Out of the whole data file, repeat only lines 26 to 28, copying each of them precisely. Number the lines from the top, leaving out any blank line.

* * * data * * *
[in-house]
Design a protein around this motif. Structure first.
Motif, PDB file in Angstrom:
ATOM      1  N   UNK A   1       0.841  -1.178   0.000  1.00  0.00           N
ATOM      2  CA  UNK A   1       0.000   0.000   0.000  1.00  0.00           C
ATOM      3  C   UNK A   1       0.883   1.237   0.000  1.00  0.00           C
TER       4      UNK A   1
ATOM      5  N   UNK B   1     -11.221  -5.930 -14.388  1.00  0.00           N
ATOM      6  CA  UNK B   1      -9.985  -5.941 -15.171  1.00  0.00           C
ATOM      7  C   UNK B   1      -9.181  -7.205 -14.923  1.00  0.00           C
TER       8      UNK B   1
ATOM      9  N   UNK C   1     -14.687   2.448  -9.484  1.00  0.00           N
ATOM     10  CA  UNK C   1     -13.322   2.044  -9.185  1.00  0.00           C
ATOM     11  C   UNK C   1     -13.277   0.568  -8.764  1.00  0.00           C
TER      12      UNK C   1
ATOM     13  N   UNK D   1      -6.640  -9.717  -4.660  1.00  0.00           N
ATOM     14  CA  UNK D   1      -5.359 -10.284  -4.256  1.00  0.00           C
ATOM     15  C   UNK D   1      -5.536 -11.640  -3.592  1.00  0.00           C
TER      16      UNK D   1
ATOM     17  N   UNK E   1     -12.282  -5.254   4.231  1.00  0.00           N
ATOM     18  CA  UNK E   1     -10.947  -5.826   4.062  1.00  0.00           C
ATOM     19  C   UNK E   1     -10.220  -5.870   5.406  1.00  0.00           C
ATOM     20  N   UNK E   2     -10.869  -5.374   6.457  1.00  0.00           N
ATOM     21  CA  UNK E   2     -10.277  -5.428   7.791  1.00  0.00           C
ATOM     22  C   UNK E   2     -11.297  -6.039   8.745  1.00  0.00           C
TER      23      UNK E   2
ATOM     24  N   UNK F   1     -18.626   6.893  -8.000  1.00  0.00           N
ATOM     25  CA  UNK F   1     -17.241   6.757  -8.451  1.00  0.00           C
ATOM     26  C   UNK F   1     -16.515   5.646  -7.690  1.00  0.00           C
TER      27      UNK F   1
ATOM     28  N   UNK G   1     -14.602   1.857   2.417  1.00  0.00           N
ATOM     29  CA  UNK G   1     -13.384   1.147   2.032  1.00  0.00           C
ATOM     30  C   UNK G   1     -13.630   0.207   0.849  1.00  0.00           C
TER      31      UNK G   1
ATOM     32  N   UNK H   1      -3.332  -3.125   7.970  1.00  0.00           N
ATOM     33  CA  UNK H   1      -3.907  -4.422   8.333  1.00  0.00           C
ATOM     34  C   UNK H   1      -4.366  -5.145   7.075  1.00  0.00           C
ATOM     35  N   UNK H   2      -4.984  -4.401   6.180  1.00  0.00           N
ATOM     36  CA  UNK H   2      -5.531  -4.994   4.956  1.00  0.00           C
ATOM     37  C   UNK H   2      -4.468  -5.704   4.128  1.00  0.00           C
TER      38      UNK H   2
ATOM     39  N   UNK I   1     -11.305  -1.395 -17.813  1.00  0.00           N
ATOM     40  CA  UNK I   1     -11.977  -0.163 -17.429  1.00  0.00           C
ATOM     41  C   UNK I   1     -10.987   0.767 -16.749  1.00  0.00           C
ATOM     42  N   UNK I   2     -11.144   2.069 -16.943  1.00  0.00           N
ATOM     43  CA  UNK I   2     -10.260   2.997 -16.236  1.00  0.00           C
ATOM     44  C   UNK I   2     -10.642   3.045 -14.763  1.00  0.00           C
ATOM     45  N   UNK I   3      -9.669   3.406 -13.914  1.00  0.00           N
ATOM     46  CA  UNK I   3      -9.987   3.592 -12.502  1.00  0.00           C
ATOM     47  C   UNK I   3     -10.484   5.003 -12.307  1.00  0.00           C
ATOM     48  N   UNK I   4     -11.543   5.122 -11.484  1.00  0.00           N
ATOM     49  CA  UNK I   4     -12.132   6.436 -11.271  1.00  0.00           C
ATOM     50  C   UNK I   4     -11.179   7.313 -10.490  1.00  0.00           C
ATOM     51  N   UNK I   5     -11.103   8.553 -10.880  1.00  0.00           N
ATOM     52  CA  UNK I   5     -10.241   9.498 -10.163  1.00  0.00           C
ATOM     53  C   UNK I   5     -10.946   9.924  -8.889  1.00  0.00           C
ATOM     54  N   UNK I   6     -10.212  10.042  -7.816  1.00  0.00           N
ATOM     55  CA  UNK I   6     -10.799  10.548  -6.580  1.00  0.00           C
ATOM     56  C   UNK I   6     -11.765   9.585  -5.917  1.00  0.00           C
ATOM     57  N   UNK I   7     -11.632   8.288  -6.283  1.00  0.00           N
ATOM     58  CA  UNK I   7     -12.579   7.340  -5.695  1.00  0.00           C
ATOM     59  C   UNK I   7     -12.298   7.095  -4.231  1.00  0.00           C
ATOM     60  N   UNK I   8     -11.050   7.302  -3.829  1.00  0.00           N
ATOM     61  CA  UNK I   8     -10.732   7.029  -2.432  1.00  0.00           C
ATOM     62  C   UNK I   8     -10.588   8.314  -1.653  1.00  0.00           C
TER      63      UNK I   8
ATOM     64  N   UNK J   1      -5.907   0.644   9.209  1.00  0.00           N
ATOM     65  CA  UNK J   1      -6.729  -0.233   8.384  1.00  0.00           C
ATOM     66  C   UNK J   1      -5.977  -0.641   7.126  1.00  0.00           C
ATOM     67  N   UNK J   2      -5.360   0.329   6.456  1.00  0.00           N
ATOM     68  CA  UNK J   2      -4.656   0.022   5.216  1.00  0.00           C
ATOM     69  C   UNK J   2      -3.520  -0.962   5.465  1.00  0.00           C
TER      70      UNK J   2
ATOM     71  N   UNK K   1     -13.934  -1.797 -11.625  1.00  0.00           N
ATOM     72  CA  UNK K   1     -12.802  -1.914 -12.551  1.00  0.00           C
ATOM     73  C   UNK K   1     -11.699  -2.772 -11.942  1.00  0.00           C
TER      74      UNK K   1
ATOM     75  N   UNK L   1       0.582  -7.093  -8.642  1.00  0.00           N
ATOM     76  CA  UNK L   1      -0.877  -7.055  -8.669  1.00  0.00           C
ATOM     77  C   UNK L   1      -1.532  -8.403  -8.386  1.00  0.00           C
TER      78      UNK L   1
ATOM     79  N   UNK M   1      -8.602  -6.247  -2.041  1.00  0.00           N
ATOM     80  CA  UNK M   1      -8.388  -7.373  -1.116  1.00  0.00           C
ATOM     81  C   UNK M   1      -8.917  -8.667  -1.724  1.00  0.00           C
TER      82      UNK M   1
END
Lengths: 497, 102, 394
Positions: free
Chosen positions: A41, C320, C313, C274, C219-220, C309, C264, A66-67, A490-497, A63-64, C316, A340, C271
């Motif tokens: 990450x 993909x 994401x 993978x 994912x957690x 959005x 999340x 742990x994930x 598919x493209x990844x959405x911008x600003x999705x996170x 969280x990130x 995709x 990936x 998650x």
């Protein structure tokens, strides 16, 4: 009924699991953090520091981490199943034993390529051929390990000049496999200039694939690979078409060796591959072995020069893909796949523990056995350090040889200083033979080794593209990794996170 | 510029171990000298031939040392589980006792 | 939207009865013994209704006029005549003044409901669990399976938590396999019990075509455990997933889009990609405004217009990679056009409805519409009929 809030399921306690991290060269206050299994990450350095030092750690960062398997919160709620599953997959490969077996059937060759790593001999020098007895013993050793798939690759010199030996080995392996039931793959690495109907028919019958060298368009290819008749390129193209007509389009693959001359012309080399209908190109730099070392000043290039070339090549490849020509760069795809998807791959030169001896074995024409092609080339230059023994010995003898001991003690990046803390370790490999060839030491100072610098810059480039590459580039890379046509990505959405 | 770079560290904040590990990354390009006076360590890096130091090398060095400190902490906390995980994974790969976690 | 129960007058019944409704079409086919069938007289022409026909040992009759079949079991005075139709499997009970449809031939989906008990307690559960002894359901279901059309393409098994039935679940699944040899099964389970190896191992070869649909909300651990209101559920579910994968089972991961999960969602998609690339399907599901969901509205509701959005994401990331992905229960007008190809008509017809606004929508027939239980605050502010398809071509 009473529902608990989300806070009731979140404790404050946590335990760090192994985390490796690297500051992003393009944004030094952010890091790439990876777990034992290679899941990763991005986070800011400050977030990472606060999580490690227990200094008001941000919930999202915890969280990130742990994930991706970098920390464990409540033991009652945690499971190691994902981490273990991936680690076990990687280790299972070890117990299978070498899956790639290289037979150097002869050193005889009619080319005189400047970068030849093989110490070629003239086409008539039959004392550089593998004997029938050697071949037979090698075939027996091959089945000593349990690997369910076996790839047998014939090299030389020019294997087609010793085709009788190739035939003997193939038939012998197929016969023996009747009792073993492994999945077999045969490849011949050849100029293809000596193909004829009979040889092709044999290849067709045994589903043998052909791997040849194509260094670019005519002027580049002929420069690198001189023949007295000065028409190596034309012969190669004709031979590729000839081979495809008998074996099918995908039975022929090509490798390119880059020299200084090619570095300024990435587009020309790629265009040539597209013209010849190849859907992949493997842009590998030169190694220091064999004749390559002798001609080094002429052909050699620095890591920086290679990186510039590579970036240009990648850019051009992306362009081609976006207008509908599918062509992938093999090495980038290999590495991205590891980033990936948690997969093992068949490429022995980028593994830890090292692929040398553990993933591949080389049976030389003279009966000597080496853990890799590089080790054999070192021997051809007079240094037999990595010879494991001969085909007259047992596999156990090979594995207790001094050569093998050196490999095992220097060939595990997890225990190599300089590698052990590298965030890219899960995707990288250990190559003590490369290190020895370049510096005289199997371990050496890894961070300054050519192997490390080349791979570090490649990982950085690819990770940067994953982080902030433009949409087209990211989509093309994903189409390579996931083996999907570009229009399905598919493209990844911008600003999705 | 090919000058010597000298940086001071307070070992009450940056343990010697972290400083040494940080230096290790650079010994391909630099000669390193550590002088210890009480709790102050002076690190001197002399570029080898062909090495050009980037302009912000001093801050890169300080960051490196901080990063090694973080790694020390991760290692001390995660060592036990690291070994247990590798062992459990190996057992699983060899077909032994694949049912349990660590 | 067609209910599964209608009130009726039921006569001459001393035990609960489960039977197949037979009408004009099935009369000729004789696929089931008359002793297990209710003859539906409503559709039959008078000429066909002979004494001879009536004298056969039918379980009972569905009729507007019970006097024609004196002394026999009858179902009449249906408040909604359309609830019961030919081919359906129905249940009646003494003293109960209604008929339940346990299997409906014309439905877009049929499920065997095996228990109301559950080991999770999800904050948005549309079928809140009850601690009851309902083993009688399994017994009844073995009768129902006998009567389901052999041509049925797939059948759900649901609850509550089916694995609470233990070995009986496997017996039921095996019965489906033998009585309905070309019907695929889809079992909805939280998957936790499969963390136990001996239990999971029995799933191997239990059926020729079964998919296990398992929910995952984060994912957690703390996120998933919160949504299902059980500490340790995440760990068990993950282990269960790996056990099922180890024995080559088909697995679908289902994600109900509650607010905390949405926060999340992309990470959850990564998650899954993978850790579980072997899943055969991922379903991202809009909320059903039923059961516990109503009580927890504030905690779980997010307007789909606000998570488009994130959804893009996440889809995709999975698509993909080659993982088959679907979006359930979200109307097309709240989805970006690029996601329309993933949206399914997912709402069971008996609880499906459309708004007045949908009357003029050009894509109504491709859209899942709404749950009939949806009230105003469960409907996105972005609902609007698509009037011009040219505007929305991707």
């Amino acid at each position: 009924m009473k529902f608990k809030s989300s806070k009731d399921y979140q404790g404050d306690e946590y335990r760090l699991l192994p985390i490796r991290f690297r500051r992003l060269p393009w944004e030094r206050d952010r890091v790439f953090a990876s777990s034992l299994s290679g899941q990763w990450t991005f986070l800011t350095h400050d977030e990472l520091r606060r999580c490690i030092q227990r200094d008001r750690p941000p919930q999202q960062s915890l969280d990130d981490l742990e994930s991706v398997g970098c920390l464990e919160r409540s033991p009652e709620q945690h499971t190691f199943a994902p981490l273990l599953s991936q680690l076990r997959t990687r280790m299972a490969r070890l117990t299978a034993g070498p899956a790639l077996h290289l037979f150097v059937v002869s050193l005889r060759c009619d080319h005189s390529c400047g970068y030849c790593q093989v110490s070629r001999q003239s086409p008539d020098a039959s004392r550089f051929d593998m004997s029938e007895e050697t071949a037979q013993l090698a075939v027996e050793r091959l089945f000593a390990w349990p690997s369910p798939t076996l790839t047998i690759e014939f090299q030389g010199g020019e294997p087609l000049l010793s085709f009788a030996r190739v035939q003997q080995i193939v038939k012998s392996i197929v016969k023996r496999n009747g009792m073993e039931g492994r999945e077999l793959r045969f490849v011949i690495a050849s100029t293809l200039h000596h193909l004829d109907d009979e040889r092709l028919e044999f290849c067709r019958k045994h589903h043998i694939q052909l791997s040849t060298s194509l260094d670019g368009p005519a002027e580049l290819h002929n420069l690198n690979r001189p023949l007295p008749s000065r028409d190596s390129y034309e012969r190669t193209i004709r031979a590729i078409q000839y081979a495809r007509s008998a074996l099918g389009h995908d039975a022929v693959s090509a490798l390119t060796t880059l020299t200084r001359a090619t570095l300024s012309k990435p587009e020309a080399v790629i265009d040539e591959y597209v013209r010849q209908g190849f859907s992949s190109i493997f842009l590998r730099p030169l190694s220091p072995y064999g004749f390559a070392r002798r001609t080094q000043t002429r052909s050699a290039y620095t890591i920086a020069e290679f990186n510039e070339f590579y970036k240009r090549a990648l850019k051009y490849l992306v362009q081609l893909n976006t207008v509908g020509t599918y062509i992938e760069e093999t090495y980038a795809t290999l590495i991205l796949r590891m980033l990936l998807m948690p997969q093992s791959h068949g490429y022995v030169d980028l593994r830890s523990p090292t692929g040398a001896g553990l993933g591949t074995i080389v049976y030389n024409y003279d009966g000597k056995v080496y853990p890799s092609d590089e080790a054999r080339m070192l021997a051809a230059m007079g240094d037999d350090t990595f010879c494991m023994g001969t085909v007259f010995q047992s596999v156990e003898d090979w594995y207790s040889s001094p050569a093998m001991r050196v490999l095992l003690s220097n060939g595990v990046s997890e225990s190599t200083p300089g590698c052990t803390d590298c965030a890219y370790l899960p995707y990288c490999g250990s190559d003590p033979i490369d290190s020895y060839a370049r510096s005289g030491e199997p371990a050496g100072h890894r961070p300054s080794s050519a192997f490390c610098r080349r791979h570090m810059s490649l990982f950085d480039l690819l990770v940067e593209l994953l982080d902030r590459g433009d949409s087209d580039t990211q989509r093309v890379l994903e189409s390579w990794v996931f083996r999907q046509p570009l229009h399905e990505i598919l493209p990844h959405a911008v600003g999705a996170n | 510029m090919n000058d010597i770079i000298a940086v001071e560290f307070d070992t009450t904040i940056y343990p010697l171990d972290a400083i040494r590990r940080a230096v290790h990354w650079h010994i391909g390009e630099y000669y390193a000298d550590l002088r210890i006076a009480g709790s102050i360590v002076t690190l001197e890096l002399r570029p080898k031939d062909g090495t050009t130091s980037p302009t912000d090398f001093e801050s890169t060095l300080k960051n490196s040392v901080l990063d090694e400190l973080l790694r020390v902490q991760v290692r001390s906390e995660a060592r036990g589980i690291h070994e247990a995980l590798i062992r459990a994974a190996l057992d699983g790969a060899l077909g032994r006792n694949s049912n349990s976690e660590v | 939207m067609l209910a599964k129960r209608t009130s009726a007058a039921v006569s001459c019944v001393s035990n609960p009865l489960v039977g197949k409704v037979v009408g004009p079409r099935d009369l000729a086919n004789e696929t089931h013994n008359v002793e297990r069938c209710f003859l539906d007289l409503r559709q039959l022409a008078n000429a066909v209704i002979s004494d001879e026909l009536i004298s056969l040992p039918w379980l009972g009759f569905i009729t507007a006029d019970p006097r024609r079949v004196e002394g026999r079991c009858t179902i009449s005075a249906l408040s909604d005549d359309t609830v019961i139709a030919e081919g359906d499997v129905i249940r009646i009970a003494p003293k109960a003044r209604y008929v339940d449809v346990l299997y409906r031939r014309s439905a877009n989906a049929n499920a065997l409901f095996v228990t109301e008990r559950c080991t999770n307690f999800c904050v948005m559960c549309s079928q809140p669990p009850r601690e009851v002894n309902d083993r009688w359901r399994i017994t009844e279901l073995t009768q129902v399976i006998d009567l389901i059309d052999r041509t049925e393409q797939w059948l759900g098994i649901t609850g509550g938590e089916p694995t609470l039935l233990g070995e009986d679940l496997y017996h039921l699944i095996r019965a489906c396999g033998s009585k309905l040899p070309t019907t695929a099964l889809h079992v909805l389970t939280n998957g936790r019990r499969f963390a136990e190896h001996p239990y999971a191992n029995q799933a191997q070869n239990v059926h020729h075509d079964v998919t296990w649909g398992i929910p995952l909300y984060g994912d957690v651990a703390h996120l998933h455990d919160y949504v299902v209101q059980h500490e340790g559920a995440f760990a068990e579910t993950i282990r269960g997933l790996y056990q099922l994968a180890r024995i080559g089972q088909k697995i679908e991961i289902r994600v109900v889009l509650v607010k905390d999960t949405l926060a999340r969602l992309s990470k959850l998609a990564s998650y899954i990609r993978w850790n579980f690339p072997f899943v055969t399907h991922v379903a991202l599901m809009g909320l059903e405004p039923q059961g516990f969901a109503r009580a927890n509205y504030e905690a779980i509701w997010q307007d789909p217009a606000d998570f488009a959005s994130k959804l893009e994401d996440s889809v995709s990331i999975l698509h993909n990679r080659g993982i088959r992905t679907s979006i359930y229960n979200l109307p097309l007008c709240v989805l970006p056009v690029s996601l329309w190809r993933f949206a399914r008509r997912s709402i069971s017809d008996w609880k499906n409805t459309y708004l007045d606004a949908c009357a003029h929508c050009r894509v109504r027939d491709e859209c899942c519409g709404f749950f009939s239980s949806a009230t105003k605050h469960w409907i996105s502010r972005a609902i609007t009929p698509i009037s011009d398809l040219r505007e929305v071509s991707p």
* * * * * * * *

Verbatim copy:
TER      23      UNK E   2
ATOM     24  N   UNK F   1     -18.626   6.893  -8.000  1.00  0.00           N
ATOM     25  CA  UNK F   1     -17.241   6.757  -8.451  1.00  0.00           C